Most 3D printers let you create colorful objects, provided that you're willing to print out multiple pieces and connect them to each other. Artists and designers craving a little more variety in their palettes may want to take a look at the ProDesk3D printer, which can print in full color like an inkjet.
The ProDesk3D comes courtesy of botObjects, a New York- and London-based company that aims to deliver a consumer printer that's both feature-rich and affordable.
"Most [3D desktop printers] will extrude one color," Martin Warner, CEO and co-founder of botObjects, told TechNewsDaily. Warner explained that 3D printers employ technology called "extrusion heads," which emit filaments of different materials in the same way that inkjet printers produce ink.
"That allows you to have two or three predominant colors. We call those 'multicolor printers,'" Warner said. "A full color printer allows you to create your color of choice before you extrude." The ProDesk3D has two extrusion heads and provides five primary colors — including black — to allow for a much wider range of colors than the harsh pinks and muted whites that consumer-level 3D printers have traditionally used.
The ProDesk3D's creations possess fine detail in addition to rich color. "The highest resolution — the most accurate so far — had been 100 microns," Warner said, referring to how granular a layer on a printed object could be. "We can print at 25 microns, [which gives a] smooth finish."
Printing objects with realistic color gradation and no rough edges could be a boon not only for 3D printing enthusiasts, but for everyday consumers. "One of the interesting areas [for expansion] is at home. We're calling it home utility replacement," said Mike Duma, chief technology officer and co-founder of botObjects. "When you think about lightbulbs or anything with a plastic fixture, these things can be printed."
Changing lightbulbs may not be much fun, but games are. "Gaming is huge," Duma said. "Gaming consoles will start to release blueprints for their controllers." Video game controllers are sophisticated objects, and the ability to print unique controllers could be useful not only for design enthusiasts, but also for children, disabled players or pro gamers, for whom the traditional button setup may prove inefficient.
Home users may also find the device useful for building toys (RC cars are already a popular choice) and household objects that you never need until you need them, like picture frames and bookends. At 25-micron accuracy, people could even print dentures with firm enough material (although they should probably avoid the color printing feature). [See also: 10 Incredible 3-D Printed Products ]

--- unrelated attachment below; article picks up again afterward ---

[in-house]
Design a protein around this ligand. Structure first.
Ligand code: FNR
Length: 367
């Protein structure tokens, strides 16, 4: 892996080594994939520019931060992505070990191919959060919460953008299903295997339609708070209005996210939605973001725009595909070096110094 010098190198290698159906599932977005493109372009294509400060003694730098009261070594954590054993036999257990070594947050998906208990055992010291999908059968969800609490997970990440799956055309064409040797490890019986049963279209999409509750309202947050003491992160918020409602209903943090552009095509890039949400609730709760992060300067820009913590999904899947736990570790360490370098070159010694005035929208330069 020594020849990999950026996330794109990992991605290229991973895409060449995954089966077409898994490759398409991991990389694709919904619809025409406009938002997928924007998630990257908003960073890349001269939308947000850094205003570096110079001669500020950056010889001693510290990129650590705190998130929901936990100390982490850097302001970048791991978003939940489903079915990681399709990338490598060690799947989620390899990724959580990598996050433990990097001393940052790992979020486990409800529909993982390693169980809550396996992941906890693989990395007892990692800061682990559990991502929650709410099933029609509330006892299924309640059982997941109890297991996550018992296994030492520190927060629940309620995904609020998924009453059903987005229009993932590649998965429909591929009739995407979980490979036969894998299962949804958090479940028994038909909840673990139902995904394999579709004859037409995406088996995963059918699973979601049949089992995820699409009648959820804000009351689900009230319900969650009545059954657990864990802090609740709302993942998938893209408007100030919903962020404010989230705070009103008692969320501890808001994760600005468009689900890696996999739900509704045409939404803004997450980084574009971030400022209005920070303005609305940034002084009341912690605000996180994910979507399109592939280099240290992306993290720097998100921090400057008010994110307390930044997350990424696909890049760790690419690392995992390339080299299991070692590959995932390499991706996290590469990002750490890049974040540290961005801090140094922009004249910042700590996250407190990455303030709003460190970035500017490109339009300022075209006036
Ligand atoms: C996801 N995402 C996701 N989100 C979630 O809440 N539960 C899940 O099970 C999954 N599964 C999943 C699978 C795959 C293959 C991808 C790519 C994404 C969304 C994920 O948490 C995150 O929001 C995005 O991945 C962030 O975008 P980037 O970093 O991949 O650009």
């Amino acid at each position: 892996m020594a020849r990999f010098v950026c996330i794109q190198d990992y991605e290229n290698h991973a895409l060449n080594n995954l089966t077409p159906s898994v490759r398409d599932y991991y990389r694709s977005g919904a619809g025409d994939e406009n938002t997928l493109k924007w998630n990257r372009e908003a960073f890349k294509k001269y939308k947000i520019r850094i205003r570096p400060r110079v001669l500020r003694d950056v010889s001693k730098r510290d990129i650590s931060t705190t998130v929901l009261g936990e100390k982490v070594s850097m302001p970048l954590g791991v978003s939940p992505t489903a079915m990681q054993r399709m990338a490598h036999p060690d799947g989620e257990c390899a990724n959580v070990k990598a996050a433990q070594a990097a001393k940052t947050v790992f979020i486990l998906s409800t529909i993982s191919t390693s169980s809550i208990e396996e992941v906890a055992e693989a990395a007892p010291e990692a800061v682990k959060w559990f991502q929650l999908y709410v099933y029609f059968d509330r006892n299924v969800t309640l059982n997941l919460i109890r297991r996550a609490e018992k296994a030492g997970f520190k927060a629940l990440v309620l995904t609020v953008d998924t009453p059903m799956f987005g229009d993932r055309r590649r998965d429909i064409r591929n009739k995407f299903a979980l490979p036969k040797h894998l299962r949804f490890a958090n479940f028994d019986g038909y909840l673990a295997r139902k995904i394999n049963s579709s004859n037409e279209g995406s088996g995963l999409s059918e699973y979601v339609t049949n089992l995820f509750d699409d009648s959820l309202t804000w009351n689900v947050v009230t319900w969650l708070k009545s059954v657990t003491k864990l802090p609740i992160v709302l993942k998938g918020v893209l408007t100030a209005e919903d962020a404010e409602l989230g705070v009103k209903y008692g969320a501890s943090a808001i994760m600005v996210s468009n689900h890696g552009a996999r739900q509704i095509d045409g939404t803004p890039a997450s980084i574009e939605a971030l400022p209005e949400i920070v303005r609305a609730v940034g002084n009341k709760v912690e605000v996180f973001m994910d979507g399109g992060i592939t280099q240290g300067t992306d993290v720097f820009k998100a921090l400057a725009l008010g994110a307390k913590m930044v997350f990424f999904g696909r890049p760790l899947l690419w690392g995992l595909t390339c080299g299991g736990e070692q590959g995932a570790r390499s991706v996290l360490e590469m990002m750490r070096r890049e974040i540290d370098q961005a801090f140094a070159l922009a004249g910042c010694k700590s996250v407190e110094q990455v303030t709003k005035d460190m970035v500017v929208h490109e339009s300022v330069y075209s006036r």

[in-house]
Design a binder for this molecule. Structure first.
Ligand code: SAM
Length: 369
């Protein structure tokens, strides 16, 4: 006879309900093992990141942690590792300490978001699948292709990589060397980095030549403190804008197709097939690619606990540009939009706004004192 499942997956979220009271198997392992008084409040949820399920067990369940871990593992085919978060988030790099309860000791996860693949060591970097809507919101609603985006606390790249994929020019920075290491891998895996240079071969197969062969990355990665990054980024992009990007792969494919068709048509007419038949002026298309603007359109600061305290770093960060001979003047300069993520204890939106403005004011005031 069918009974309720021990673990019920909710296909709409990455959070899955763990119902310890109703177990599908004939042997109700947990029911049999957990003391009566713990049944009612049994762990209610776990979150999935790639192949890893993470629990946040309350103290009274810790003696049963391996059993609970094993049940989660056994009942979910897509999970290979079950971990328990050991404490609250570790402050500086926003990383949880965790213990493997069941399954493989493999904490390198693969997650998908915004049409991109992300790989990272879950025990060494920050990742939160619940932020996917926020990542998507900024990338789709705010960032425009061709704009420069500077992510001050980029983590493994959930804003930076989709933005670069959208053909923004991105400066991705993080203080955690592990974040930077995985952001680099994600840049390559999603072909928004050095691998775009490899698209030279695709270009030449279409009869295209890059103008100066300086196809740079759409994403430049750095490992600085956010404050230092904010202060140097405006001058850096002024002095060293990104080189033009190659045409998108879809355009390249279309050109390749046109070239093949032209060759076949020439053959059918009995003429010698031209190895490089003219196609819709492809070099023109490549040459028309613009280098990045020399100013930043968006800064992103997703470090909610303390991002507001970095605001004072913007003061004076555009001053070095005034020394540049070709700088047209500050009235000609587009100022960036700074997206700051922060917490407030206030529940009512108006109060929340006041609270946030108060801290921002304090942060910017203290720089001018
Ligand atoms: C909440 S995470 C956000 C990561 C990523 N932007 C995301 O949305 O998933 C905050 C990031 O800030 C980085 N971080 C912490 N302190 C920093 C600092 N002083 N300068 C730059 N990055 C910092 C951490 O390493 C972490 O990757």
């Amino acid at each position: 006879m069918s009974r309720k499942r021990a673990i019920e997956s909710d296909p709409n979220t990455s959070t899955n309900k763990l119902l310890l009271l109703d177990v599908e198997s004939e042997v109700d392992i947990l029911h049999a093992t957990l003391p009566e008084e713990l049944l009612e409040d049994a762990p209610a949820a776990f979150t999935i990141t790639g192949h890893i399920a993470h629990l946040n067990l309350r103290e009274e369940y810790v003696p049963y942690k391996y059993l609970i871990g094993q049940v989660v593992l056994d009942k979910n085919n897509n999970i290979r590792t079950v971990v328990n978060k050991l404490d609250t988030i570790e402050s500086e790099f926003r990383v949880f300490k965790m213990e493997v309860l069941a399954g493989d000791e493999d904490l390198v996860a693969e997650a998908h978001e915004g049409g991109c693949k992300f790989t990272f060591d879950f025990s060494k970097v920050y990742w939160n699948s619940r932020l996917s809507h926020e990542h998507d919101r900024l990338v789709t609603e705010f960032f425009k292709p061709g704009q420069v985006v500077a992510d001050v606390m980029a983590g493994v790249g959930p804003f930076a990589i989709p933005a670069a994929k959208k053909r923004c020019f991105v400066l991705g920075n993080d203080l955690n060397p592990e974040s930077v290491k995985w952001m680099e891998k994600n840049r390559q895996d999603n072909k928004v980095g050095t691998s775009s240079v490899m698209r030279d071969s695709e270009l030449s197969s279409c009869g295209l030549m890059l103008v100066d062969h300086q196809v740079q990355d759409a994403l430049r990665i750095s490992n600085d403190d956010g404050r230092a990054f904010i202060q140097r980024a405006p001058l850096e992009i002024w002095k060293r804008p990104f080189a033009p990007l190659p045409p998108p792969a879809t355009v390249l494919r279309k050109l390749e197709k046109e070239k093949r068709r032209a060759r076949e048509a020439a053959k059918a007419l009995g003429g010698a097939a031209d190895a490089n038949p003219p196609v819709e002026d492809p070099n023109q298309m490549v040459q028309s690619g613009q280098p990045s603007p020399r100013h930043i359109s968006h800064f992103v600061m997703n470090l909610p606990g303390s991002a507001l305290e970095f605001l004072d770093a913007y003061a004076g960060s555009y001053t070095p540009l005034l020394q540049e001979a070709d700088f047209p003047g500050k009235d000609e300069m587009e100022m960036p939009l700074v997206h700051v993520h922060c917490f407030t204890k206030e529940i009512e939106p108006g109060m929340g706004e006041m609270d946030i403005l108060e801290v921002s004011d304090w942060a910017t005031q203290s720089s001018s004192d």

The most exciting development that consumer-grade 3D printers could foster, Duma and Warner said, is the advent of household robots.
"[3D printing] enables you to enter that world of robotics, which was always very difficult to get into," Duma said. If users can iterate designs and develop prototypes rapidly, they could develop simple, functional robots for household tasks. "That really makes robotics accessible to the end-user, to the consumer, to the average person in the home."
Warner believes that 3D printing will make waves in the tech world similar to desktop PCs in the 80s and tablets in the last few years. "Tech is about to take a huge leap," he said. "I've never seen the advent of a new era like 3D desktop printing where the opportunities are exponential, both in terms of breadth and depth."
The ProDesk3D ranges from $2,849 to $3,749, depending on model and whether or not you pre-order: not cheap by any means, but also affordable for hobbyists who sell their work or small businesses. Warner believes that the device's speed, granularity and color palette make it an attractive choice, but acknowledges that the market for 3D printers is changing rapidly.
"We're quite a long way ahead of our competitors right now," he said, "but who knows where we'll be in two years?"
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